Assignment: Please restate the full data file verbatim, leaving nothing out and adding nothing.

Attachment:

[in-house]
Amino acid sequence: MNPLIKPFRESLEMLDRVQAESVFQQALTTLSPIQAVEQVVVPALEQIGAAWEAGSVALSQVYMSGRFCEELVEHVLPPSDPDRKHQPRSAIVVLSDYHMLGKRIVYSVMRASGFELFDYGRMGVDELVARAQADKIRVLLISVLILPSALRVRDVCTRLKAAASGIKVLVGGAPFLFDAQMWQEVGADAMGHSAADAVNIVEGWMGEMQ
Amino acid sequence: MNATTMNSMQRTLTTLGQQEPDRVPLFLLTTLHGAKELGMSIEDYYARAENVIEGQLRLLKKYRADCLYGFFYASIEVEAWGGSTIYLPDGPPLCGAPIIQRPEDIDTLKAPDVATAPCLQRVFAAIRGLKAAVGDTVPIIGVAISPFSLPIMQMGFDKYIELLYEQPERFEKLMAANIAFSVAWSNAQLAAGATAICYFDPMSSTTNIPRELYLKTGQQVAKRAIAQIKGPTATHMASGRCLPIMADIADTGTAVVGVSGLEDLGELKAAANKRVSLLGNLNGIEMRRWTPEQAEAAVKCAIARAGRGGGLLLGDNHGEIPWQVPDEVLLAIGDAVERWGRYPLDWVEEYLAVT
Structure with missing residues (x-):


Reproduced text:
[in-house]
Amino acid sequence: MNPLIKPFRESLEMLDRVQAESVFQQALTTLSPIQAVEQVVVPALEQIGAAWEAGSVALSQVYMSGRFCEELVEHVLPPSDPDRKHQPRSAIVVLSDYHMLGKRIVYSVMRASGFELFDYGRMGVDELVARAQADKIRVLLISVLILPSALRVRDVCTRLKAAASGIKVLVGGAPFLFDAQMWQEVGADAMGHSAADAVNIVEGWMGEMQ
Amino acid sequence: MNATTMNSMQRTLTTLGQQEPDRVPLFLLTTLHGAKELGMSIEDYYARAENVIEGQLRLLKKYRADCLYGFFYASIEVEAWGGSTIYLPDGPPLCGAPIIQRPEDIDTLKAPDVATAPCLQRVFAAIRGLKAAVGDTVPIIGVAISPFSLPIMQMGFDKYIELLYEQPERFEKLMAANIAFSVAWSNAQLAAGATAICYFDPMSSTTNIPRELYLKTGQQVAKRAIAQIKGPTATHMASGRCLPIMADIADTGTAVVGVSGLEDLGELKAAANKRVSLLGNLNGIEMRRWTPEQAEAAVKCAIARAGRGGGLLLGDNHGEIPWQVPDEVLLAIGDAVERWGRYPLDWVEEYLAVT
Structure with missing residues (x-):